Like the pastel above (and below), this woman dries the back of her neck. Degas was obviously fascinated by this everyday pose as a woman goes about drying herself after the bath. The gesture creates a tension in the back which allows for more evidence of the forms beneath the skin. Face hidden, the woman is completely anonymous especially when compared to the earlier work. The focus is on the woman’s back, so much so that it’s difficult to tell what happens with the rest of the body, for instance, how do her legs fit into the picture? She appears to be seated and surrounded by colourful clothing perhaps from which she will choose. This pastel has a more abstract feeling with intense colour and various pastel textures. Notice it was created on tracing paper. Click on the link to the museum above and go to ‘See all Paintings’ to read more. (For some reason, I was unable to directly link the image above to the one on the Museum’s website.)

 

 

Edgar Degas, "After the Bath, Woman Drying Herself," c1890-5, pastel on wove paper laid on millboard, 40 6/8 x 38 3/8 in, National Gallery, London,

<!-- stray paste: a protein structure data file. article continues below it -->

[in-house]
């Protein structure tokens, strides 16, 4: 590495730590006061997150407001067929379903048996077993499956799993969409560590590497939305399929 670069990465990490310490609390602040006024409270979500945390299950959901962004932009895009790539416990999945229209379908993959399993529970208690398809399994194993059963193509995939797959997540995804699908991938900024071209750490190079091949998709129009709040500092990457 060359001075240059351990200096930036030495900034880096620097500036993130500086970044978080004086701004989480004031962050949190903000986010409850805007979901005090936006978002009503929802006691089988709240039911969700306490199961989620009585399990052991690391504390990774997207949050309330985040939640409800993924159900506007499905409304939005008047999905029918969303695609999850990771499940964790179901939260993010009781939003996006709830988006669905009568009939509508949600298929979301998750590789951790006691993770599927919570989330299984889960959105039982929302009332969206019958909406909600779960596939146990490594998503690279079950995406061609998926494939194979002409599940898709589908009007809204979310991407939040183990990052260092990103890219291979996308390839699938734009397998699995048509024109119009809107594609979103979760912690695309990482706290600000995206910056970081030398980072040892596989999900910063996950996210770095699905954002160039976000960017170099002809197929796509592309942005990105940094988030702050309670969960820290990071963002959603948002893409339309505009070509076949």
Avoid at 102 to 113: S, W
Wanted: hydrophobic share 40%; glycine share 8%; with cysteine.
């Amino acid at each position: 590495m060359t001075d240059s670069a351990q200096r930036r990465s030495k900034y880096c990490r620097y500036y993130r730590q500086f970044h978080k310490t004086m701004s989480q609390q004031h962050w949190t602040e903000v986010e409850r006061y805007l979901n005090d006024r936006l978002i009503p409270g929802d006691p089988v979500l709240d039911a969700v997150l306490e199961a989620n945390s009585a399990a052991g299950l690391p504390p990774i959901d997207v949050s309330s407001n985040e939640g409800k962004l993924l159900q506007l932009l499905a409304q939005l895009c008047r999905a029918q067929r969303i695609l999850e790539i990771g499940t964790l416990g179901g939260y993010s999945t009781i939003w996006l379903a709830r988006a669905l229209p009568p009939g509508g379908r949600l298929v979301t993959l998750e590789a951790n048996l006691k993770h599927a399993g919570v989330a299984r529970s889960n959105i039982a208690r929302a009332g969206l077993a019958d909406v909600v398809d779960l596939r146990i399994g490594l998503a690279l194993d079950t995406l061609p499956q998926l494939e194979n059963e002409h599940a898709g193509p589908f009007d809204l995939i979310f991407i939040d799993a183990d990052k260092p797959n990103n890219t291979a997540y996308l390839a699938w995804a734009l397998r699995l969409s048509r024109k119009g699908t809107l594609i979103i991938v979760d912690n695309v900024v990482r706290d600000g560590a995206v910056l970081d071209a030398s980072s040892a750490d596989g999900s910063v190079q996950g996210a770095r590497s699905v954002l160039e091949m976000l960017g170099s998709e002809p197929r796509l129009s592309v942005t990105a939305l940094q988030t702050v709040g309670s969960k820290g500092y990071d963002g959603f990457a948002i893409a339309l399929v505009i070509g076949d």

8. Edgar Degas, “After the Bath, Woman Drying Herself,” c1890-5, pastel on wove paper laid on millboard, 40 6/8 x 38 3/8 in, National Gallery, London

This pastel is large, almost double the size of the one above. Degas seems to have begun the piece as another close-up view of a woman’s back as she dries her neck. In the end though, he extended the composition, adding more paper to the top and bottom of the composition. One of the parts of this painting that stand out for me is the pink pastel hatched over the gray areas of her back. Delightful!

 

 

Edgar Degas, "After the Bath, Woman With a Towel," c. 1893-97, pastel on blue-gray wove paper, 27 7/8 x 22 9/16 in, Harvard Art Museums/Fogg Museum, Cambridge, Massachussetts

9. Edgar Degas, “After the Bath, Woman With a Towel,” c. 1893-97, pastel on blue-gray wove paper, 27 7/8 x 22 9/16 in, Harvard Art Museums/Fogg Museum, Cambridge, Massachussetts

This piece really begins to show the more vigorous stroke of Degas’ later years as his eyesight continued to fail. Curiously, the towel seems to be gathered along one edge almost suggesting a piece of clothing that she is slipping on. Yet the bathtub stands in front of this woman and she appears to be drying off. Again I am in awe of the subtle variations of form in her back that Degas has managed to achieve. A close look shows hatching going every which way and lost and found edges to create the illusion of skin. Marvellous!

 

 

Edgar Degas, "After the Bath - Woman Drying Herself," c.1895, pastel on paper, 26 5/8 x 22 3/4 in, Courtauld Institute, London